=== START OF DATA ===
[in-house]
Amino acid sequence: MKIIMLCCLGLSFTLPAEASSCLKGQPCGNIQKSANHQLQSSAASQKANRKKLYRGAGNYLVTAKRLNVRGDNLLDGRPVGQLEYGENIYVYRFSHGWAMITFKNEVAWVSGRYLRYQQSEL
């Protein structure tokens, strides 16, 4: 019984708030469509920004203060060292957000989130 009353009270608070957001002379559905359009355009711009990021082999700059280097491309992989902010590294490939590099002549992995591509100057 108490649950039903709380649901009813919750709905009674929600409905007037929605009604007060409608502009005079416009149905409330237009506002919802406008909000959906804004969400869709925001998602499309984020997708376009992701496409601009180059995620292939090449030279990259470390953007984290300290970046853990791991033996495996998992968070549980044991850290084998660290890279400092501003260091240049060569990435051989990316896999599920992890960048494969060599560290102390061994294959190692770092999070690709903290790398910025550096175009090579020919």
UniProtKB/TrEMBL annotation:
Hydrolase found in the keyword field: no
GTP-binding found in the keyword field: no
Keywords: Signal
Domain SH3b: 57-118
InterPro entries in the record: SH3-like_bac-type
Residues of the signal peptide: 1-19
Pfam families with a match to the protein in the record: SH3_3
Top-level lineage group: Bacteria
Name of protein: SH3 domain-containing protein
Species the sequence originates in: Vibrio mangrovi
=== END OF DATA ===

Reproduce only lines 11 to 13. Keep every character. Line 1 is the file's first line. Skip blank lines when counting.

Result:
Pfam families with a match to the protein in the record: SH3_3
Top-level lineage group: Bacteria
Name of protein: SH3 domain-containing protein